What looks like 'play' is not always 'play'

We have a great example we'd like to share of what you think might be play between two dogs, which isn't actually 'play'.  Yesterday, we tested puppy and let him free 'play' with Indie. He kept jumping at her and putting 'pressure' on her. Indie kept kept moving away from the situation (moving away is respect, in human context your dog is saying "I don't want to play, leave me alone"). Leo kept jumping at her and following her putting constant pressure on her even after she clearly showed she was uninterested. I let Indie correct the puppy (twice), he didn't respond to the corrections and kept jumping at her, so Indie starts moving towards me and gives me eye contact and is circling around me. Ah HA! What does that mean? That means, she wants me to intervene and help her out. As a pack leader, it is OUR job to advocate for our dogs. Typically, if a dog corrects another dog, and the other dog doesn't move away, and if YOU don't know how to read your dog when he needs help...your dog is going to take action on its own...and it won't be pretty. (Psss - that's how dog fights happen) . Of course, I stepped in, applied a valuable correction to Leo, and he stopped immediately. Again, this was just a test, if it was to happen in real life, as soon as I see a dog putting pressure on MY dog, I would correct and not let it escalate. Dont let your dogs down. Learn how to read your dog, know when he is asking for help, because if you don't, your dog will lose trust in you and it will be hard to re-build the relationship.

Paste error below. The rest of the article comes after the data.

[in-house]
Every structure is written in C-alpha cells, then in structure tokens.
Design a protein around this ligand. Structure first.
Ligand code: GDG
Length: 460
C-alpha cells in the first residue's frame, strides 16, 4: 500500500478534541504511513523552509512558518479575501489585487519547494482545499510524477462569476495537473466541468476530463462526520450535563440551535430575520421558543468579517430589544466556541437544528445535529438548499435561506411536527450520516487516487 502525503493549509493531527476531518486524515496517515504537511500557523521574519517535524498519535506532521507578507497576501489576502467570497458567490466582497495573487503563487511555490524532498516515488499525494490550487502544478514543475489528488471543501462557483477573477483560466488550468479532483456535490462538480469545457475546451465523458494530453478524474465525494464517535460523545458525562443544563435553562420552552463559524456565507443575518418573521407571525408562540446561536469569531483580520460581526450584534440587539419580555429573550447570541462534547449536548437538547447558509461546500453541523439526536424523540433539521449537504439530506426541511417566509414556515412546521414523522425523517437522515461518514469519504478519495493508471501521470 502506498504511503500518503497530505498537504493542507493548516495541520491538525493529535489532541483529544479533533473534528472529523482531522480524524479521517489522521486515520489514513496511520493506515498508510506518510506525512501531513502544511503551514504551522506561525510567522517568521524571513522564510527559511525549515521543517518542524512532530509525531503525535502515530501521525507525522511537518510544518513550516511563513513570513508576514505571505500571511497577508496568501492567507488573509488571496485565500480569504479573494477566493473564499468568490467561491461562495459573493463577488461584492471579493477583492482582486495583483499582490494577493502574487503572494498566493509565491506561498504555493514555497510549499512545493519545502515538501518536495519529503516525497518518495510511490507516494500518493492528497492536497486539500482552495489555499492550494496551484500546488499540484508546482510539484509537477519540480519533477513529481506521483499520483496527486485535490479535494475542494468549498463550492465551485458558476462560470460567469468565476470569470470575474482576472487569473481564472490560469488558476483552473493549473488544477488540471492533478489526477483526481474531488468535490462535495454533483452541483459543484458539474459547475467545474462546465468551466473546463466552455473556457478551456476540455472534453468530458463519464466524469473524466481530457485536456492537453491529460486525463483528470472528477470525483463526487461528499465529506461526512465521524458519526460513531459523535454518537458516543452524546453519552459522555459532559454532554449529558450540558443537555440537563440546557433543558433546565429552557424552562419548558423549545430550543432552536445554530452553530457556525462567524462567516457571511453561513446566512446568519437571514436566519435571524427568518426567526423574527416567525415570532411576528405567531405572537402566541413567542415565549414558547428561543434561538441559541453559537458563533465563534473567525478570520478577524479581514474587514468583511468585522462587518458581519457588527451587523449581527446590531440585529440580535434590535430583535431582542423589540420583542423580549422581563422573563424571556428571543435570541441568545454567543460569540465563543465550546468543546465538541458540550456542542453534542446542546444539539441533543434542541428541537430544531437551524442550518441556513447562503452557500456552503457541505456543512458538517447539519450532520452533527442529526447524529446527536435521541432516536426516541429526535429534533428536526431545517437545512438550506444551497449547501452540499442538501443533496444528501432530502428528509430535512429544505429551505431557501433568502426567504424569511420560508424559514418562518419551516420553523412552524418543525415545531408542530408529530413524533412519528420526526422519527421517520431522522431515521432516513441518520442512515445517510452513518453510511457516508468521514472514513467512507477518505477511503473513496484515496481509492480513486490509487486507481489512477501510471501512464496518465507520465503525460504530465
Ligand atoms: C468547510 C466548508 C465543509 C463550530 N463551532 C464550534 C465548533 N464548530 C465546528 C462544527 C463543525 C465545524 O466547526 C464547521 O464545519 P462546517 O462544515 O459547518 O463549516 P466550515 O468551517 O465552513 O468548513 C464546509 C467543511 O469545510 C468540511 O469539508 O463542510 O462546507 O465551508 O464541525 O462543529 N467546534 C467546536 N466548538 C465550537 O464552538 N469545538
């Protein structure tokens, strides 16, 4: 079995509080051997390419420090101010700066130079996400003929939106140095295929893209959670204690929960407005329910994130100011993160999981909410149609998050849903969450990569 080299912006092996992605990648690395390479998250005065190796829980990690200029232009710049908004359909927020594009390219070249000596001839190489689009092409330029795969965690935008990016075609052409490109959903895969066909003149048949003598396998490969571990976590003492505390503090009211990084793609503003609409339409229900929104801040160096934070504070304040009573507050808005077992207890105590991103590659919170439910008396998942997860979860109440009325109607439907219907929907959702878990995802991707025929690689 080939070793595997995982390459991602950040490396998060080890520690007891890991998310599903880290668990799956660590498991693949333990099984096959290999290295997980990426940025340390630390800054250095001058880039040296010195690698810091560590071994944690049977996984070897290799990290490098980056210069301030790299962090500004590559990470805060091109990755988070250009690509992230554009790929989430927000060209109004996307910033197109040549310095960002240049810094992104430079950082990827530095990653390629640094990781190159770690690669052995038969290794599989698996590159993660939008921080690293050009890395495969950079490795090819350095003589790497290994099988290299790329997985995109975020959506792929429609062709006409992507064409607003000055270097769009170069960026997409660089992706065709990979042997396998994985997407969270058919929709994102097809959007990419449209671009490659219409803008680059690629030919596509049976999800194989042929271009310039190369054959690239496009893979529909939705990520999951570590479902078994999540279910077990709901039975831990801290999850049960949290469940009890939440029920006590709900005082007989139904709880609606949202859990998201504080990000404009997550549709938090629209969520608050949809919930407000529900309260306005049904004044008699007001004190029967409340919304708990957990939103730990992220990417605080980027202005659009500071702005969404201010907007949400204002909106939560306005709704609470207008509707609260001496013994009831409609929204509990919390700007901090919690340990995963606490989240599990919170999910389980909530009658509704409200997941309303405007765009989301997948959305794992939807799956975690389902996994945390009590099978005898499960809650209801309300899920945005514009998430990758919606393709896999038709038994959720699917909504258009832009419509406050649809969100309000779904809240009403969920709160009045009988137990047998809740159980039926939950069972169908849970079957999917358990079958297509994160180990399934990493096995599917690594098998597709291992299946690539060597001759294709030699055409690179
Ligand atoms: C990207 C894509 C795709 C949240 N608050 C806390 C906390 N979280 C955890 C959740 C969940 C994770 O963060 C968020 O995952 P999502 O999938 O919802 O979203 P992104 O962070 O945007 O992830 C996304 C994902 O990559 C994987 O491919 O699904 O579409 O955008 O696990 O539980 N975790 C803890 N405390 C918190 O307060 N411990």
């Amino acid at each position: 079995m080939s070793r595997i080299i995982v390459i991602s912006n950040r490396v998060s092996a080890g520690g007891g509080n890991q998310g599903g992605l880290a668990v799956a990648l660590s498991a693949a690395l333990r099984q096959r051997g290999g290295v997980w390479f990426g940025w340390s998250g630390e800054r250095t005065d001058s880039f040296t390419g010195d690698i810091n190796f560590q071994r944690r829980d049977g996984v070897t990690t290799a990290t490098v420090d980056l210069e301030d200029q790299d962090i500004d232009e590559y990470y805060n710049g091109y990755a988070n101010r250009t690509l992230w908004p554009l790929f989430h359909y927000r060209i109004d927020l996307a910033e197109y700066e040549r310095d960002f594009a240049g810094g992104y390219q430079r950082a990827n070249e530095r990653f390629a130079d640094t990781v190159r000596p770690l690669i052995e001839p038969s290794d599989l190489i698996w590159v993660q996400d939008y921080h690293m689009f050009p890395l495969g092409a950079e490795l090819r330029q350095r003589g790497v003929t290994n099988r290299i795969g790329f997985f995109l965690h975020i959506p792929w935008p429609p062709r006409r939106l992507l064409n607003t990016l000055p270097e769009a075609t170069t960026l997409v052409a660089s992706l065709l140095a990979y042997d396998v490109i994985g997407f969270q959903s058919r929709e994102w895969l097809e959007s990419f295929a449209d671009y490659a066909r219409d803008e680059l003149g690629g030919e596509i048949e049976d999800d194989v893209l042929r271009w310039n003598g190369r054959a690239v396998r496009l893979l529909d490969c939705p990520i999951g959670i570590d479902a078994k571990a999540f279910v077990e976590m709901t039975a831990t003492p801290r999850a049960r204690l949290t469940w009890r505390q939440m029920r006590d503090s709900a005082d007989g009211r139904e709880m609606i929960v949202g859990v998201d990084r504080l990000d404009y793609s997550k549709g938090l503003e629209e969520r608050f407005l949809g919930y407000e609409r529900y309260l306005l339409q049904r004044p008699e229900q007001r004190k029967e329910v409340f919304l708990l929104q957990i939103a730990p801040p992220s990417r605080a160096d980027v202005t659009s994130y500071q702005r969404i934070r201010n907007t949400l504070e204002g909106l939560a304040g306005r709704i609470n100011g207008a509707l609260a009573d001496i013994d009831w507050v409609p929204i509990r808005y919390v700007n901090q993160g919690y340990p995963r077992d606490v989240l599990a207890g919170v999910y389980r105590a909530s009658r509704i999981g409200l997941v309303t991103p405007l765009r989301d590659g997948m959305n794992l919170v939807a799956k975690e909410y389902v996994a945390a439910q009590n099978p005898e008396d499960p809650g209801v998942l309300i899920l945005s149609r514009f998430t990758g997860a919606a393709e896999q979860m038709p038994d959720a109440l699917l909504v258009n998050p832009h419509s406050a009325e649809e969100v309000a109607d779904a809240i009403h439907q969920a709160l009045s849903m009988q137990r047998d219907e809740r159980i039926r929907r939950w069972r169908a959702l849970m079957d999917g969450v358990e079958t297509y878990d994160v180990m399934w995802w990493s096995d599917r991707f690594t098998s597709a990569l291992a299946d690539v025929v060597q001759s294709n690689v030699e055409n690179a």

Lise LoComment